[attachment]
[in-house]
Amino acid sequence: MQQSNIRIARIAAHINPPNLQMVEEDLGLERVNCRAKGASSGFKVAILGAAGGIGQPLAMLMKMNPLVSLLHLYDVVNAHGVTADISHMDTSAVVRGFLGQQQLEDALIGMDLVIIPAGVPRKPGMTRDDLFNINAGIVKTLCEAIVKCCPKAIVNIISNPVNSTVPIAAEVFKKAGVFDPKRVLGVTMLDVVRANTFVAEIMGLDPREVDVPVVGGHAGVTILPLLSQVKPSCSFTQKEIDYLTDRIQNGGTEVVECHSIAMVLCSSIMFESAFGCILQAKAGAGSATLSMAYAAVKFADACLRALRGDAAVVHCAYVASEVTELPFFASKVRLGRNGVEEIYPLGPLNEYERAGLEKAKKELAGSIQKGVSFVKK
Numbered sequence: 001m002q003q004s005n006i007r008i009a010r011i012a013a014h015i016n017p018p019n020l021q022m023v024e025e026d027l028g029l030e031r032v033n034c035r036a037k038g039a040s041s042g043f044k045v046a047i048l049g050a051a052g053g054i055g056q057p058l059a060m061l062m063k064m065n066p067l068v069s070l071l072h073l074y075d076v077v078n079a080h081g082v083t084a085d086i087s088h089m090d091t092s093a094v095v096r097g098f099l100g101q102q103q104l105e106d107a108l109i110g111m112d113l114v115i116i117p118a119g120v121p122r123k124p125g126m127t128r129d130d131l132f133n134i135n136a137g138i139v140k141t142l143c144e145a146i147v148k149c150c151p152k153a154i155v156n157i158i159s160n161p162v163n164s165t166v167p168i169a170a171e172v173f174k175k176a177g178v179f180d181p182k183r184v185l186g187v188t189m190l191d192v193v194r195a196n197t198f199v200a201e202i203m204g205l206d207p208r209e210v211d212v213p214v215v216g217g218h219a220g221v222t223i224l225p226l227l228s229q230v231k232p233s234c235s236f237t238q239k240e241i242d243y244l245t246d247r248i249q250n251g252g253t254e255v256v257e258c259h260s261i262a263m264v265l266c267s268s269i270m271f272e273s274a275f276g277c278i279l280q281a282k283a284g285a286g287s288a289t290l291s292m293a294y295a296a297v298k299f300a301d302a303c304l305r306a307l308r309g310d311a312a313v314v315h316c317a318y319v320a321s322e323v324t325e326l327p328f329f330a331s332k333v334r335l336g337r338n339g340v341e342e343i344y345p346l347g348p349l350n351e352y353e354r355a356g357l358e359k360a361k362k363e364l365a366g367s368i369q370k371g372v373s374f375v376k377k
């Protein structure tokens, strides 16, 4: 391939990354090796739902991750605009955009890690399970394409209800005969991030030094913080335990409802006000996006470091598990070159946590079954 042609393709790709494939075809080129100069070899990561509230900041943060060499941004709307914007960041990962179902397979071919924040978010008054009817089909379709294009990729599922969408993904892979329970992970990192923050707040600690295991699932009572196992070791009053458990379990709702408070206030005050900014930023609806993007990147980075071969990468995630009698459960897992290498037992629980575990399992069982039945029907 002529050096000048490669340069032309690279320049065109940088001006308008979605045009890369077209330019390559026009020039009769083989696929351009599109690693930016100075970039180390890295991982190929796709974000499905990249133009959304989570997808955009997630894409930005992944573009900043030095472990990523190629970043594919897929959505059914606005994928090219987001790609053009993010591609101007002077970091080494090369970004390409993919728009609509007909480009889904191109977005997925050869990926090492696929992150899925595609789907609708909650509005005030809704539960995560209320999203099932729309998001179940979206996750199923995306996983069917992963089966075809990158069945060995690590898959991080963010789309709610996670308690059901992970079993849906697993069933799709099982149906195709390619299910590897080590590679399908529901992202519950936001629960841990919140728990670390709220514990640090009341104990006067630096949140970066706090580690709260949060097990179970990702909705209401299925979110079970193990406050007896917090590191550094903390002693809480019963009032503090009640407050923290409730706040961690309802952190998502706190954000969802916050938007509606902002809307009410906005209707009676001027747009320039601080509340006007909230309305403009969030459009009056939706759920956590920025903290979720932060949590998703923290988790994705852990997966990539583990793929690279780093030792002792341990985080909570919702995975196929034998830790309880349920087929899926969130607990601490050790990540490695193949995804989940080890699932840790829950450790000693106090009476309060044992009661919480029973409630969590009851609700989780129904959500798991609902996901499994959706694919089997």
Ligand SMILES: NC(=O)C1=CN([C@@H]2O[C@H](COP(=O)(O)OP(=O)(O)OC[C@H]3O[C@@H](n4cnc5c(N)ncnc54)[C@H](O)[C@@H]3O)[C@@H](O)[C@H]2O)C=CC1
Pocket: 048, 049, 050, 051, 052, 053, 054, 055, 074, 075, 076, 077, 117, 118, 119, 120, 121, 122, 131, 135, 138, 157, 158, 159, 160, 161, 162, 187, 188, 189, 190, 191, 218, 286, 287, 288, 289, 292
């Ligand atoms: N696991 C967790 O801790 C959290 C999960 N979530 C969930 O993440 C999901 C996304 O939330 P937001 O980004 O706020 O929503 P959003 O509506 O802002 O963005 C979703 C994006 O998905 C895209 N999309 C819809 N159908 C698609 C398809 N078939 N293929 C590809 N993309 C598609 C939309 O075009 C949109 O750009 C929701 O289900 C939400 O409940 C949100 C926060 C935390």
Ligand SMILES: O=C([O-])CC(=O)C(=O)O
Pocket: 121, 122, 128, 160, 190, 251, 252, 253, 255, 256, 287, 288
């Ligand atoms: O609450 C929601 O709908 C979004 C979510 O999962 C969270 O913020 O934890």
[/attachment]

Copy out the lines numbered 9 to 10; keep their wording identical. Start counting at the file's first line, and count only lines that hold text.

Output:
Pocket: 121, 122, 128, 160, 190, 251, 252, 253, 255, 256, 287, 288
């Ligand atoms: O609450 C929601 O709908 C979004 C979510 O999962 C969270 O913020 O934890």